Dr. Donald William Mercer mastered every trade he pursued, but the former Mt. Lebanon resident was at the top of his game when it came to tennis.
“Don was a true gentleman and a tireless tennis enthusiast,” said Deb Hazlett.
Hazlett is a USTA volunteer and a member of the Middle States Board of Directors as a presidential appointee. She forged a friendship with Mercer working on the first committee that brought Futures to Pittsburgh.
“Don worked to bring tennis to the community,” added Hazlett. “Whether a youth or adult player, spectator, tennis pro or volunteer, many will remember Don making some impact on their lives.”
Mercer, 84, passed away Sept. 23 in St. Clair Hospital. Following a service on Sept. 27, he was interred in Mt. Calvery Cemetery on the National Road in Wheeling, W.Va.
Born April 18, 1938, in Wheeling, Mercer was the son J. Loran Mercer and Wilma Dauber Mercer. He is survived by his wife of 61 years, Beth Ann Wolfe Mercer, and three sons, John Leslie Mercer (Laurie) of Huntington, W.Va., Thomas Loran Mercer of Rockville, Md., and Ron William Mercer of Gibsonia.
Mercer had four grandchildren: Cassandra Dawn (Cassie) Mercer of Arlington, Va., John Jeremiah (JJ) Mercer, Andrew Jacob (AJ) Mercer, Samantha Hart (Sammie) Mercer, all of Huntington, and a brother, William Carl Mercer, MD, (Gigi) of Wheeling.
As an amateur player, Mercer competed in local, regional and national tournaments. He ranked No. 1 in Middle States Section in singles for his age division. While he competed nationally with all three of his sons, he and Ron earned a No. 1 ranking as USTA’s top 65 and over father/son tandem.
According to Hazlett, Mercer was “instrumental” in bringing the USTA Men’s Pro Circuit Futures tournament to Pittsburgh. “This was the only men’s pro circuit event in the Middle States section,” said Hazlett.
Mercer did so while he was the tournament director for the West Penn Amateur/National Collegiate Clay Court Championships, which is played during the summer in Mt. Lebanon. While the clay courts have been played for over a century, the pro men’s event has been played for 20 consecutive summers.
Mercer served in many leadership positions for tennis clubs and organizations and initiated many programs, such as junior team tennis, as well as the township’s highly successful youth and adult programs.
For his efforts, he was awarded the National Annual Community Service Award by the USTA for outstanding contributions to recreational tennis. In 1978, it was the first of many honors.
Among his other prestigious laurels are inductions into the Wheeling Hall of Fame in 2019 for outstanding work in professions, the Wheeling Jesuit University athletic Hall of Fame (1994) and Hall of Honor (2015) as well as the USTA (Middle State Section) Hall of Fame in 2022. Mercer earned the Presidential Award from the Allegheny Mountain District of the USTA in 2016 and its Tennis Family of the Year distinction in 2001.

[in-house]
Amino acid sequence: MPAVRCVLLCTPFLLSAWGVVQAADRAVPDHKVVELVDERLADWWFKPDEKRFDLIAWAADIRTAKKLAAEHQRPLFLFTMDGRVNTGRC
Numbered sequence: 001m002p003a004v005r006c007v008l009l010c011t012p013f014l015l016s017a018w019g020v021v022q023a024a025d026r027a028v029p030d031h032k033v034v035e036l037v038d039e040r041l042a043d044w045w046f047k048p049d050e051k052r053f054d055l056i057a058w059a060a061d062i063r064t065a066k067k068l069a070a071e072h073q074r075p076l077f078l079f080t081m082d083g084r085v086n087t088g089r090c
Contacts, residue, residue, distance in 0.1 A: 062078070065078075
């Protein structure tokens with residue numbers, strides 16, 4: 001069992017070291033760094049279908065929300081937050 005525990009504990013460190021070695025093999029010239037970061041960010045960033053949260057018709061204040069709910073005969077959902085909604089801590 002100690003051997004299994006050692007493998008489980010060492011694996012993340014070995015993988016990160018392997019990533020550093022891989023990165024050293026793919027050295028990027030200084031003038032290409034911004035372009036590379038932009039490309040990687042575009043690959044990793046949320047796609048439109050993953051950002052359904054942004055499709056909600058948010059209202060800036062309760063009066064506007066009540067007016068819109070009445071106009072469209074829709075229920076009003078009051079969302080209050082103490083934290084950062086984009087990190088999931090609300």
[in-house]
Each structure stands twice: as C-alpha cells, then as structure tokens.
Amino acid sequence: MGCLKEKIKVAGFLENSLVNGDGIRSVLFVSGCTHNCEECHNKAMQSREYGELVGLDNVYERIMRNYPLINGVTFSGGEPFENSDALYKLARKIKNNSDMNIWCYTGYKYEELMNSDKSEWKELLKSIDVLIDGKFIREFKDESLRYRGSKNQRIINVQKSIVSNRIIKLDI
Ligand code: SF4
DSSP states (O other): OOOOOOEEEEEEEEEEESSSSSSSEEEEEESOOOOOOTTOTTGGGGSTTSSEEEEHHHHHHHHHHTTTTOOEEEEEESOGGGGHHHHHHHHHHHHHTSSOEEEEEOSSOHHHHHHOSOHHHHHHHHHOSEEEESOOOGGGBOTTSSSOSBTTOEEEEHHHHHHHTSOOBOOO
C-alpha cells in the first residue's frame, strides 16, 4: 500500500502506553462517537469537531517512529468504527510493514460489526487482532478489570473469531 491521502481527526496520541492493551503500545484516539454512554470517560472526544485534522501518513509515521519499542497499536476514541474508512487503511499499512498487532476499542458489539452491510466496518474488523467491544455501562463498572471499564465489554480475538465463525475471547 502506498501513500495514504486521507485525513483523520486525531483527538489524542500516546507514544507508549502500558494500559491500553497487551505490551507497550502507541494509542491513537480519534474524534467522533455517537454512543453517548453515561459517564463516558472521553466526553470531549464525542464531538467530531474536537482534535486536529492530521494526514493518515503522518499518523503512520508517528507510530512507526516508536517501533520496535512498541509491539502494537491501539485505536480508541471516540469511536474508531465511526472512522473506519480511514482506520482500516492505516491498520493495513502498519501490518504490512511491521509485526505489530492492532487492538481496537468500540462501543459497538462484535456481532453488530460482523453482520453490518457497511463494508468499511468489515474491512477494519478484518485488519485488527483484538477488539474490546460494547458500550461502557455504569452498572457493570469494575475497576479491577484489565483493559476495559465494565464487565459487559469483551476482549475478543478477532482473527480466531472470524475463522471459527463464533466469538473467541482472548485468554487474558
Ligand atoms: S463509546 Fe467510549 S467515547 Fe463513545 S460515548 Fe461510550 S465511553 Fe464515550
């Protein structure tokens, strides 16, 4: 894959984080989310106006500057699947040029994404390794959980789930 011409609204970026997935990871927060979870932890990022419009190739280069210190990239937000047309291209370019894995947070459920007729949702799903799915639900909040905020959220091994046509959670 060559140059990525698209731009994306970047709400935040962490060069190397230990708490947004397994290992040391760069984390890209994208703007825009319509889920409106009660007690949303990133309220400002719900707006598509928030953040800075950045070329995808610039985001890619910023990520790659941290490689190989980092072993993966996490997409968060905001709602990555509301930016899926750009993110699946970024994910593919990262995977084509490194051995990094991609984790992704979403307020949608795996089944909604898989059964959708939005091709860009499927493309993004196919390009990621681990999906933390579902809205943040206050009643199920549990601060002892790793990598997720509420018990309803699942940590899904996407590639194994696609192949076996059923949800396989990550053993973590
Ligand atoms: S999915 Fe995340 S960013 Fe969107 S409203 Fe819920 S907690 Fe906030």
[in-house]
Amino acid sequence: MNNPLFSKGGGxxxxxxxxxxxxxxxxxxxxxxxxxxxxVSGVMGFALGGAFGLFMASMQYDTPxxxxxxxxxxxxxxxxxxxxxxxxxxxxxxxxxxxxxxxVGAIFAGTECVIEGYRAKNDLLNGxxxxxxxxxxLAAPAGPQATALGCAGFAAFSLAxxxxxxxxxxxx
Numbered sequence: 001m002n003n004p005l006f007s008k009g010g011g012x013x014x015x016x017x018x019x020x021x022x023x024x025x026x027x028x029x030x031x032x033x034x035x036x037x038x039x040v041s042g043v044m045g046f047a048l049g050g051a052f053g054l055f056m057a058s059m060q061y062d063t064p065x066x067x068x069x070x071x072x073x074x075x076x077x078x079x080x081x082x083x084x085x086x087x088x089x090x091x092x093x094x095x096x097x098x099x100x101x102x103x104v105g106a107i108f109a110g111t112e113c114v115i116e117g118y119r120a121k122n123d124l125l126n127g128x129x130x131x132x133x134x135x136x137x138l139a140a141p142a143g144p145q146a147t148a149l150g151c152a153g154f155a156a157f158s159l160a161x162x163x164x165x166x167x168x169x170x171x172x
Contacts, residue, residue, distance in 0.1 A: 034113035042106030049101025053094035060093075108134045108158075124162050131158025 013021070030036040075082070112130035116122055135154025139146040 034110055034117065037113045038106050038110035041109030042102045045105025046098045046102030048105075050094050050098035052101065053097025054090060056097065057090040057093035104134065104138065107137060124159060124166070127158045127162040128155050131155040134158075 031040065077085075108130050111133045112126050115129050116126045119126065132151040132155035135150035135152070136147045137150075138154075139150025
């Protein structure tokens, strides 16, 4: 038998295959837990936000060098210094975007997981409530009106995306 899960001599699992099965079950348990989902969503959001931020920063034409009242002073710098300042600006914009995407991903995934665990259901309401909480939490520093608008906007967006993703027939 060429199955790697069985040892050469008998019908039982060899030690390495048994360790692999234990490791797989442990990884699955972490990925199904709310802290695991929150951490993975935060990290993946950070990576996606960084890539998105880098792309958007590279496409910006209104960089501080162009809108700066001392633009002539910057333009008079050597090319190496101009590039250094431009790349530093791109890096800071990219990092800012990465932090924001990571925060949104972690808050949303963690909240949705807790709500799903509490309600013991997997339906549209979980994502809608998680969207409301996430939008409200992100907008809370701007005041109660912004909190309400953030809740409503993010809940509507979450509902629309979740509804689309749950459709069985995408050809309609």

Mercer was a success off the courts and as a captain of industry. He earned a doctorate in biochemistry from the University of Pittsburgh.
He became the chief biochemist in the pathology department of Montefiore Hospital and also held the title of assistant clinical professor at the pathology department in the University of Pittsburgh’s Medical School. Later, he was promoted to associate clinical professor at University of Pittsburgh’s Medical School Pathology Department and worked with the Pittsburgh Cancer Institute as a co-director in research on tumor markers. He also spent five years as the chief biochemist in the Pathology Department of Allegheny General Hospital.
As a clinical biochemist, he researched and developed the CK-MB enzyme test for the rapid and reliable detection of suspected heart attacks. His work was published in “Landmark Papers in Clinical Chemistry” as one of the top 40 clinical chemistry papers of the 20th century. His work was in company; listed alongside discoveries by Nobel prize winners Linus Pauling and Rosalyn Yalow. The test is used worldwide to this day.
After retirement, Mercer moved to Wheeling with his wife. There he worked tirelessly to organize a pep band for the WJU basketball, volleyball, soccer and rugby games as well as the Wheeling Central football games.
Mercer’s interest in music was as lifelong as his tennis interests. He was an accomplished clarinet player and held the No. 1 chair in the Harwood High School Band. He was a member of the West Virginia state high school all-star band. Occasionally, he also substituted in the Wheeling Symphony.
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